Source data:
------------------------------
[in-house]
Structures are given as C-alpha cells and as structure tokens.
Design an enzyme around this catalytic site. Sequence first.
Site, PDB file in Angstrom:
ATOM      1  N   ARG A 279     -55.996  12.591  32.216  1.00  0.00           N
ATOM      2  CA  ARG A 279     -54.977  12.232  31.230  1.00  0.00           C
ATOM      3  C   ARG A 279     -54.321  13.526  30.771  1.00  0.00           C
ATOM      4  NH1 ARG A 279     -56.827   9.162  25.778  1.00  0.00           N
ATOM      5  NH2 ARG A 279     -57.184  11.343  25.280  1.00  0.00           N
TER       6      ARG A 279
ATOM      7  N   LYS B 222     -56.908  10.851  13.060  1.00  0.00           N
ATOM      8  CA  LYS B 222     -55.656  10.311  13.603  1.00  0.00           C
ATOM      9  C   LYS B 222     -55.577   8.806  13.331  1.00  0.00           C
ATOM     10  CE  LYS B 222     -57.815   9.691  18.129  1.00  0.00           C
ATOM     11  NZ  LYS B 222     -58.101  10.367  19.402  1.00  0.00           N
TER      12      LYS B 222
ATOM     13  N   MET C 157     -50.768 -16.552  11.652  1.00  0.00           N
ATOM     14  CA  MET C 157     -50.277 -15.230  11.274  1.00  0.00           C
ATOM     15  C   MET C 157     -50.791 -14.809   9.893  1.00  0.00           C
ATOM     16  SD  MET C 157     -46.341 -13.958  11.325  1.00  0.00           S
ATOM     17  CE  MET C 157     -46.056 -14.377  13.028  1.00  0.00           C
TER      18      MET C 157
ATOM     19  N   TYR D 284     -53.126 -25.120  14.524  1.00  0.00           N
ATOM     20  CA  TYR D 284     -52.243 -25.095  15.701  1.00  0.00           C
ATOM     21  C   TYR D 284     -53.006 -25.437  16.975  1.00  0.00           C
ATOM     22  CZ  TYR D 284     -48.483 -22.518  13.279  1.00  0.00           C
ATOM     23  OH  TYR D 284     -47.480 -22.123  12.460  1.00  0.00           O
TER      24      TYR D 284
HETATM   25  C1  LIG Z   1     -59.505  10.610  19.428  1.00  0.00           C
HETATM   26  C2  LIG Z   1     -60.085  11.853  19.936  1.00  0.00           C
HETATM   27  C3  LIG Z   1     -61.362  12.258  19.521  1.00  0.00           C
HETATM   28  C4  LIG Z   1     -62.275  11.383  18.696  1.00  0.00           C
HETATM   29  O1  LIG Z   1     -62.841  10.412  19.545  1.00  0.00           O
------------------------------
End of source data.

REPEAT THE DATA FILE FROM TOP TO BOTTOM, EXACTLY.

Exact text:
[in-house]
Structures are given as C-alpha cells and as structure tokens.
Design an enzyme around this catalytic site. Sequence first.
Site, PDB file in Angstrom:
ATOM      1  N   ARG A 279     -55.996  12.591  32.216  1.00  0.00           N
ATOM      2  CA  ARG A 279     -54.977  12.232  31.230  1.00  0.00           C
ATOM      3  C   ARG A 279     -54.321  13.526  30.771  1.00  0.00           C
ATOM      4  NH1 ARG A 279     -56.827   9.162  25.778  1.00  0.00           N
ATOM      5  NH2 ARG A 279     -57.184  11.343  25.280  1.00  0.00           N
TER       6      ARG A 279
ATOM      7  N   LYS B 222     -56.908  10.851  13.060  1.00  0.00           N
ATOM      8  CA  LYS B 222     -55.656  10.311  13.603  1.00  0.00           C
ATOM      9  C   LYS B 222     -55.577   8.806  13.331  1.00  0.00           C
ATOM     10  CE  LYS B 222     -57.815   9.691  18.129  1.00  0.00           C
ATOM     11  NZ  LYS B 222     -58.101  10.367  19.402  1.00  0.00           N
TER      12      LYS B 222
ATOM     13  N   MET C 157     -50.768 -16.552  11.652  1.00  0.00           N
ATOM     14  CA  MET C 157     -50.277 -15.230  11.274  1.00  0.00           C
ATOM     15  C   MET C 157     -50.791 -14.809   9.893  1.00  0.00           C
ATOM     16  SD  MET C 157     -46.341 -13.958  11.325  1.00  0.00           S
ATOM     17  CE  MET C 157     -46.056 -14.377  13.028  1.00  0.00           C
TER      18      MET C 157
ATOM     19  N   TYR D 284     -53.126 -25.120  14.524  1.00  0.00           N
ATOM     20  CA  TYR D 284     -52.243 -25.095  15.701  1.00  0.00           C
ATOM     21  C   TYR D 284     -53.006 -25.437  16.975  1.00  0.00           C
ATOM     22  CZ  TYR D 284     -48.483 -22.518  13.279  1.00  0.00           C
ATOM     23  OH  TYR D 284     -47.480 -22.123  12.460  1.00  0.00           O
TER      24      TYR D 284
HETATM   25  C1  LIG Z   1     -59.505  10.610  19.428  1.00  0.00           C
HETATM   26  C2  LIG Z   1     -60.085  11.853  19.936  1.00  0.00           C
HETATM   27  C3  LIG Z   1     -61.362  12.258  19.521  1.00  0.00           C
HETATM   28  C4  LIG Z   1     -62.275  11.383  18.696  1.00  0.00           C
HETATM   29  O1  LIG Z   1     -62.841  10.412  19.545  1.00  0.00           O